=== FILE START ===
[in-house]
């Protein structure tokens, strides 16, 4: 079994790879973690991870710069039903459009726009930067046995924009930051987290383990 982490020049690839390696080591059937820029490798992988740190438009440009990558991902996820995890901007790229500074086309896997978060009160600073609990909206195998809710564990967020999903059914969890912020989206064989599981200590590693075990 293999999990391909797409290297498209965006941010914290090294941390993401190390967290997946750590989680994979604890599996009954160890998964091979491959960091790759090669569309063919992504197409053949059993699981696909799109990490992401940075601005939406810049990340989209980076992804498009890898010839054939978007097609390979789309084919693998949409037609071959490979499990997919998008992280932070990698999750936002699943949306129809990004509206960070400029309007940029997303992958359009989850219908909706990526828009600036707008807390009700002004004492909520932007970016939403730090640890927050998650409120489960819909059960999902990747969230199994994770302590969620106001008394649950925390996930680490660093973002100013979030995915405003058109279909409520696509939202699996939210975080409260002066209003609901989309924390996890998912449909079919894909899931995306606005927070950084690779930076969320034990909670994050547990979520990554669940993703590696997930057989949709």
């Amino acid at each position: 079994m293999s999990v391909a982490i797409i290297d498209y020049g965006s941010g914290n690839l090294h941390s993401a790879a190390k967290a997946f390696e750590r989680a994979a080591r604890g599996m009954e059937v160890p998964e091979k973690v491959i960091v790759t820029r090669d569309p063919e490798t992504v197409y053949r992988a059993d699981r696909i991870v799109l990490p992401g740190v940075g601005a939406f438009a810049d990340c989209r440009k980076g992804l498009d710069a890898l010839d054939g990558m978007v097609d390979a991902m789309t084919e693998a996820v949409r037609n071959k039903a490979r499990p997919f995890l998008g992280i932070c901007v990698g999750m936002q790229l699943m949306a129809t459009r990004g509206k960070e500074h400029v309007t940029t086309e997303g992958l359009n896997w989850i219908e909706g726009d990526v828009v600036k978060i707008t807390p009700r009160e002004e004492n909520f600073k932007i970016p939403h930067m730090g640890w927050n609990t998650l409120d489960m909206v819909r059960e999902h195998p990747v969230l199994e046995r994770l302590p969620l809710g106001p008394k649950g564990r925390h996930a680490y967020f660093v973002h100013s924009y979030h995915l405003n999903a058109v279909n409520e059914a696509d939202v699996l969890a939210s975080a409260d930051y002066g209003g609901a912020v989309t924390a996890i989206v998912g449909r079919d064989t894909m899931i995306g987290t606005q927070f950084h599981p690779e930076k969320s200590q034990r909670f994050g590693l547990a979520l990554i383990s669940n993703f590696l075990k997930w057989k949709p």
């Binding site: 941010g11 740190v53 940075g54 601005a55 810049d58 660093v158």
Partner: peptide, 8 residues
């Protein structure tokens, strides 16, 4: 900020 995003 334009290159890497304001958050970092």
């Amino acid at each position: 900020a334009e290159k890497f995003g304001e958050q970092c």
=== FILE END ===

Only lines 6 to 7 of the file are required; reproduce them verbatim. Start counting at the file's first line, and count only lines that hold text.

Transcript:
């Protein structure tokens, strides 16, 4: 900020 995003 334009290159890497304001958050970092």
């Amino acid at each position: 900020a334009e290159k890497f995003g304001e958050q970092c």